A significant winter storm is expected to unfold this weekend in portions of the east; it will likely bring heavy snow in excess of a foot to portions of New England, strong winds in portions of the Mid Atlantic, and the threat of severe thunderstorms and isolated tornadoes down the East Coast into the southeast. Ahead of the storm system, the National Weather Service has begun issuing Winter Storm Watches for portions of the northeast. While some computer forecast models suggest blizzard conditions are a remote possibility for other storms in the extended forecast this month, it is unlikely blizzard criteria will be met in this weekend’s storm.
Before the storm hits the northeast on Friday, a weak high pressure system will be in control. With the high in place, Friday will be a quiet and pleasant day across much of the I-95 corridor with temperatures at or above normal levels for this time of year. Mid and high level clouds will increase late in the day as the winter storm takes shape to the west.
A phasing of northern and southern stream troughs over the Great Lakes region will spur cyclogenesis over the Southeast on Friday night. This low is expected to rapidly intensify as it moves northeast late Friday night and Saturday. The primary surface low will track right through the I-95 corridor, bringing up milder, moist air from the south on its eastern side while cold northwest winds wrap around on its backside.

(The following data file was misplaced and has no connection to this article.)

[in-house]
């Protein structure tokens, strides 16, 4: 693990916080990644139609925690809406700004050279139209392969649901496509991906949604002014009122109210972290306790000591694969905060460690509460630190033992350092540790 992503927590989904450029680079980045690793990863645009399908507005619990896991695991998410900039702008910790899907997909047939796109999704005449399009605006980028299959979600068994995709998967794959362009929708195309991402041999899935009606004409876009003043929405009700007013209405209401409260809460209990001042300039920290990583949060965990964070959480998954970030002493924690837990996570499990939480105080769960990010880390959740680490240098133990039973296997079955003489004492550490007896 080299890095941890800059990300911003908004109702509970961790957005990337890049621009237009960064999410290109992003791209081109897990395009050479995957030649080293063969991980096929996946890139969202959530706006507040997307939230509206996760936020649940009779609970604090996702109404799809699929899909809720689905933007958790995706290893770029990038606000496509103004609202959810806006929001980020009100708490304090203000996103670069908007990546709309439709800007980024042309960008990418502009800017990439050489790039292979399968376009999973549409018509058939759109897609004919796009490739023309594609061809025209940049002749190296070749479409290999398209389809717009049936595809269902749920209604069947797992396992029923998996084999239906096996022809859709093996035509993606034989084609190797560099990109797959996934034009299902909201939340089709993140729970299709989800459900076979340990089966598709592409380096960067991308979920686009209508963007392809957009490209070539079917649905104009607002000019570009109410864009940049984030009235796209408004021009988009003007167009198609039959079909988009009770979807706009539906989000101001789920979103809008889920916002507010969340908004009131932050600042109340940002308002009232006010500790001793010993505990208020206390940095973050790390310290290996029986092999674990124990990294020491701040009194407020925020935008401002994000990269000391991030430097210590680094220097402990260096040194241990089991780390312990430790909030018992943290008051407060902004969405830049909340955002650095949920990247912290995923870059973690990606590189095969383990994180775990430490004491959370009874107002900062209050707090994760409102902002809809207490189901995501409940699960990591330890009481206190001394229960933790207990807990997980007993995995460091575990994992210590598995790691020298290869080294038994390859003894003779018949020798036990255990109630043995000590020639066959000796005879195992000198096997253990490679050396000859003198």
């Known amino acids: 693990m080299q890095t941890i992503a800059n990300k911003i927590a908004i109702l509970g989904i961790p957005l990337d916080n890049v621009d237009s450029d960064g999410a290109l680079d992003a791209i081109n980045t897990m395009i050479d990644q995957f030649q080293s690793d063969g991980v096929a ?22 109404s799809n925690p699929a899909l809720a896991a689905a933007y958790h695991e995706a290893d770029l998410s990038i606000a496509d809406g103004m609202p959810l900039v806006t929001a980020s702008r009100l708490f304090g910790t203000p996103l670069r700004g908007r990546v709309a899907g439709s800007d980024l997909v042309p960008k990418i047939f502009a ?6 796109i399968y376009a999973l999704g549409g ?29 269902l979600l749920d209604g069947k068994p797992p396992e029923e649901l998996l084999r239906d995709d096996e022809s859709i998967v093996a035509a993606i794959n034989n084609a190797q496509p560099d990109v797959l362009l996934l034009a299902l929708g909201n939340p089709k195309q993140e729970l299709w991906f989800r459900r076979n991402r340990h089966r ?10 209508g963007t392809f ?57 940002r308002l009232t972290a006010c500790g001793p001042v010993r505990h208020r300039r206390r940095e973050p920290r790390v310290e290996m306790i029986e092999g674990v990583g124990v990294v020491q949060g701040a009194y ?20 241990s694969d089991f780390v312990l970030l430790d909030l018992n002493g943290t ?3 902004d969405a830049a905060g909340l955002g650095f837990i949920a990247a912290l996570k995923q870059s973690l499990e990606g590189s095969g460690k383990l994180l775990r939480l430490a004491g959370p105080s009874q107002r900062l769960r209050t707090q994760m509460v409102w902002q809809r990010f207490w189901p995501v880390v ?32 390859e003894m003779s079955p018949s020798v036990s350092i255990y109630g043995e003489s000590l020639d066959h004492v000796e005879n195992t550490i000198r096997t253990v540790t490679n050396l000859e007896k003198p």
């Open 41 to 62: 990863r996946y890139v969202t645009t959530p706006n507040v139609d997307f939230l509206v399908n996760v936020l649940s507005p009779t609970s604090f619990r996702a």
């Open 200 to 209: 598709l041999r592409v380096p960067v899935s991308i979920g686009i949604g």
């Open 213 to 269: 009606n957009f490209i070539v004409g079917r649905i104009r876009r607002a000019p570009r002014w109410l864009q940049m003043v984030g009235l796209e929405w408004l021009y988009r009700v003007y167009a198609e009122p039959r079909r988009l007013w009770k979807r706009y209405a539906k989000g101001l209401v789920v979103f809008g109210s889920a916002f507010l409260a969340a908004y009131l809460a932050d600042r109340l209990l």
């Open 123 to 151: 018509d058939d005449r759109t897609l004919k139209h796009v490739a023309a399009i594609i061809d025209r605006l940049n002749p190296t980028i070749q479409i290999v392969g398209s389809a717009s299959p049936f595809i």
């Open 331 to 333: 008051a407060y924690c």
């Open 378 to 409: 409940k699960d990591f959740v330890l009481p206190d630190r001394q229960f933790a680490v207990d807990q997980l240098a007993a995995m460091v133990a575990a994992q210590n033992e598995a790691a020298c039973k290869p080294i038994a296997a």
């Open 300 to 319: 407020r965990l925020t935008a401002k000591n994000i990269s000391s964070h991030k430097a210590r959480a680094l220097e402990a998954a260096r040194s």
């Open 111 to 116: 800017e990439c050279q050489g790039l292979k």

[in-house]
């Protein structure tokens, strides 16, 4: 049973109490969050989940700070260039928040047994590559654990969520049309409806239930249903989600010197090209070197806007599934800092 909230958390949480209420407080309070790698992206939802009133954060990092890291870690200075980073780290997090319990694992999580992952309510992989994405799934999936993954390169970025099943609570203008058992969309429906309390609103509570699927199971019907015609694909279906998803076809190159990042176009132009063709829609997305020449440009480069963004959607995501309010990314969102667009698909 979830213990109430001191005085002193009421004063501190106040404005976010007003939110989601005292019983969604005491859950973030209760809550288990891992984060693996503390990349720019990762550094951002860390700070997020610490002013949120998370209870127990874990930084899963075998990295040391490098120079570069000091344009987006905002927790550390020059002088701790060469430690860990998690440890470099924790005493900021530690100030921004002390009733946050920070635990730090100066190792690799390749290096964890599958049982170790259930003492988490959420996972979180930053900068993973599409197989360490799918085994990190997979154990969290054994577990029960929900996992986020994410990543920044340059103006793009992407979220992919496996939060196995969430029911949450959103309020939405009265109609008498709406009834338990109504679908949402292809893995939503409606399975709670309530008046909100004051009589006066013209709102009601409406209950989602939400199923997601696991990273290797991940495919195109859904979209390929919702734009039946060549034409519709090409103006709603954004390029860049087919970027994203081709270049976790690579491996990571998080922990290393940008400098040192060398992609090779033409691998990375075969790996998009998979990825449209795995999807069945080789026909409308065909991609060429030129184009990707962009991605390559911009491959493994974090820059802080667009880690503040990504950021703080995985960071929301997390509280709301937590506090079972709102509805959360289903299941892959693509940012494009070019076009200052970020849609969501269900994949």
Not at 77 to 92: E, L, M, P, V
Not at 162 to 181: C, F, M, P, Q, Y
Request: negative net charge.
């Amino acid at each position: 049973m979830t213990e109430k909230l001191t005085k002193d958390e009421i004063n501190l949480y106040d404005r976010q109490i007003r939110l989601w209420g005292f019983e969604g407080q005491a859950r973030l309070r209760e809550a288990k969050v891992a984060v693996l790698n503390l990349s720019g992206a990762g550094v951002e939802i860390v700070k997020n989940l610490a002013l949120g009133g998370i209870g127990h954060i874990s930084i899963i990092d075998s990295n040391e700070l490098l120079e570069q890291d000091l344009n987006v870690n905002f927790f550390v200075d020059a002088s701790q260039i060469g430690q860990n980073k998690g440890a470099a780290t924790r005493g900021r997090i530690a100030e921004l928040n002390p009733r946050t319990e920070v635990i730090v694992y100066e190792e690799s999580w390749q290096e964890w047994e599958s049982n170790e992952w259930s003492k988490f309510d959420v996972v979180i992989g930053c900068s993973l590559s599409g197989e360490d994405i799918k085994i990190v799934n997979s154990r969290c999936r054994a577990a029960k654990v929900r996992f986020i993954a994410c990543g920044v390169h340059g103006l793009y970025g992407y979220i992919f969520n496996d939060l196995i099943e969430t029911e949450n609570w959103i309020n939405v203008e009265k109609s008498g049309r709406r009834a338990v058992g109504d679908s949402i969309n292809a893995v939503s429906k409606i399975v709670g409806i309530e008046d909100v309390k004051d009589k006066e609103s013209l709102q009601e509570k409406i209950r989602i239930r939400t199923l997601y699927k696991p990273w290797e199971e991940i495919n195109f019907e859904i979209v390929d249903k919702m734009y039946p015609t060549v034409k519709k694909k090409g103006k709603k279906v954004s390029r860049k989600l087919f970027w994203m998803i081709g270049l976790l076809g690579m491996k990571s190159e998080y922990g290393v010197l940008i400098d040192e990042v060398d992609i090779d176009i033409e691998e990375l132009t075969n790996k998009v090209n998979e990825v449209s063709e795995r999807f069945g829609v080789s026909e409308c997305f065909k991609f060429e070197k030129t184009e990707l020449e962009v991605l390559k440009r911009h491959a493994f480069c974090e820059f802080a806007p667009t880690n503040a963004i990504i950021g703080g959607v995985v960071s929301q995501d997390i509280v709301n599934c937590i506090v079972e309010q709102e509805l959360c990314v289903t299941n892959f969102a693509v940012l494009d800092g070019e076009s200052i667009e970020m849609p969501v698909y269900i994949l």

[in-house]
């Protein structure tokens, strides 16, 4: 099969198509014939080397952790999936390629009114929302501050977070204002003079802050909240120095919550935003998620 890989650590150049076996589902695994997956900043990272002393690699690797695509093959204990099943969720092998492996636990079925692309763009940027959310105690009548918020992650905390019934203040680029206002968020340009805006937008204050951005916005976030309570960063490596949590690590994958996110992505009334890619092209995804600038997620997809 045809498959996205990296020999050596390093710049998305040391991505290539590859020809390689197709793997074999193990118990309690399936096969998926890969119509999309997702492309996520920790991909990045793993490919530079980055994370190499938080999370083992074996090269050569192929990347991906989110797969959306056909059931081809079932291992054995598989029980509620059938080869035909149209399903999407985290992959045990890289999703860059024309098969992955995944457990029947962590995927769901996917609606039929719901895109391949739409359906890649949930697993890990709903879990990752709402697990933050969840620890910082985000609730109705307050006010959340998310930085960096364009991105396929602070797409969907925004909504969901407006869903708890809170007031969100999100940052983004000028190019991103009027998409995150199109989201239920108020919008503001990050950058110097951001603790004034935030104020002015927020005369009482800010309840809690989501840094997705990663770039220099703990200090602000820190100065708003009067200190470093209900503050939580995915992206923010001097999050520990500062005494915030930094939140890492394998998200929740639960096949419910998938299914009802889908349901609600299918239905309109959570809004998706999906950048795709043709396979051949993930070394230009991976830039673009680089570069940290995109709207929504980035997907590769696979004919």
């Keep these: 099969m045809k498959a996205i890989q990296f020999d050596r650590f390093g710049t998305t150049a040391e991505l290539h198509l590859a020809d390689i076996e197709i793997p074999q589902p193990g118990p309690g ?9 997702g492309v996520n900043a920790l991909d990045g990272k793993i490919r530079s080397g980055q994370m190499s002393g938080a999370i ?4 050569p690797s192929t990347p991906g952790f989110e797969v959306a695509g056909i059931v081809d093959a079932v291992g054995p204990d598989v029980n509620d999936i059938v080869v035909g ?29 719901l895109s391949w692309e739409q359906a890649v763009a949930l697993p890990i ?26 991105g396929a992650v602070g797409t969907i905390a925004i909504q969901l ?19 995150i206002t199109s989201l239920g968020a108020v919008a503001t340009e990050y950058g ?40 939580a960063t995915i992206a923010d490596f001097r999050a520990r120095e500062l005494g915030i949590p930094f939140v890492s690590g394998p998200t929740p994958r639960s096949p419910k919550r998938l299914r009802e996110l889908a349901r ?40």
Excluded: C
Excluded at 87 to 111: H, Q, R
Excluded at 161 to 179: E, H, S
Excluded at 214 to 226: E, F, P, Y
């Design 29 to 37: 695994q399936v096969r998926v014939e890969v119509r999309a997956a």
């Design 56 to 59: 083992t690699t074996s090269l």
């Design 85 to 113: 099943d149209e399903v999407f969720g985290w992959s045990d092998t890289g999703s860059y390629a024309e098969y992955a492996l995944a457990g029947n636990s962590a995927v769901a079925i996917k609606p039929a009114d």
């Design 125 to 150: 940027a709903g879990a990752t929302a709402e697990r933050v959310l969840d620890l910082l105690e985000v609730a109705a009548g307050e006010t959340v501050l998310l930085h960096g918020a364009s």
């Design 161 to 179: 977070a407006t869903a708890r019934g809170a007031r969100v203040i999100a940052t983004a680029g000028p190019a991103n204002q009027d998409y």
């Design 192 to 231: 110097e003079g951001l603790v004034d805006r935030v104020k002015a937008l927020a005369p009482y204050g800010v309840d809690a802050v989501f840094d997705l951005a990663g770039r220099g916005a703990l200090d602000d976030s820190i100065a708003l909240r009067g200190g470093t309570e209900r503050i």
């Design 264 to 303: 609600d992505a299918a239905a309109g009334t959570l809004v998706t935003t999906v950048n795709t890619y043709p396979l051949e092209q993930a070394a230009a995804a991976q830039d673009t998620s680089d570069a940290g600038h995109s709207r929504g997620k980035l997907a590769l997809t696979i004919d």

A surge of moderate to heavy rain will move up the east coast late Friday night into Saturday morning, with rainfall amounts of 0.75-1.0″ expected. Some locations could see rainfall amounts double that, especially in thunderstorms that could fire-up near the frontal passage associated with the system. Cold air will be locked in place across northern New England to produce only snow from this system; to the south, rain will change over to snow as the cold air wraps around behind the storm. While little to no accumulation is expected in the big I-95 cities such as Washington, Philadelphia, New York, and Boston, several inches of snow could fall just north and west. Much heavier snow will fall over interior and northern portions of New England, where 12-18″ is expected.
This will be a very windy storm as the low pressure “bombs-out” over the northeast. As the pressure drops dramatically, winds will increase through much of the East. Wind gusts to and over 40m mph are possible, with the strongest winds expected late Friday into the middle of Saturday.
In addition to strong wind gusts that could create some damage, there is also the risk of severe weather from this storm from the Mid Atlantic south. Right now, the National Weather Service’s Storm Prediction Center believes the greatest threat of severe weather from this winter storm will be across southeastern Virginia, eastern North and South Carolina, southeastern Georgia, and the northern half of Florida excluding the panhandle. Thunderstorms are possible anywhere from New Jersey south to Florida; in this area, some storms can help mix stronger winds above the surface down to the surface, leading to isolated damage issues.
The storm will rapidly pull out of the area later Saturday with only flurries lingering over northern New England on Sunday in the storm’s wake. High pressure will return again, allowing the eastern U.S. to recover from yet another mid-March winter storm.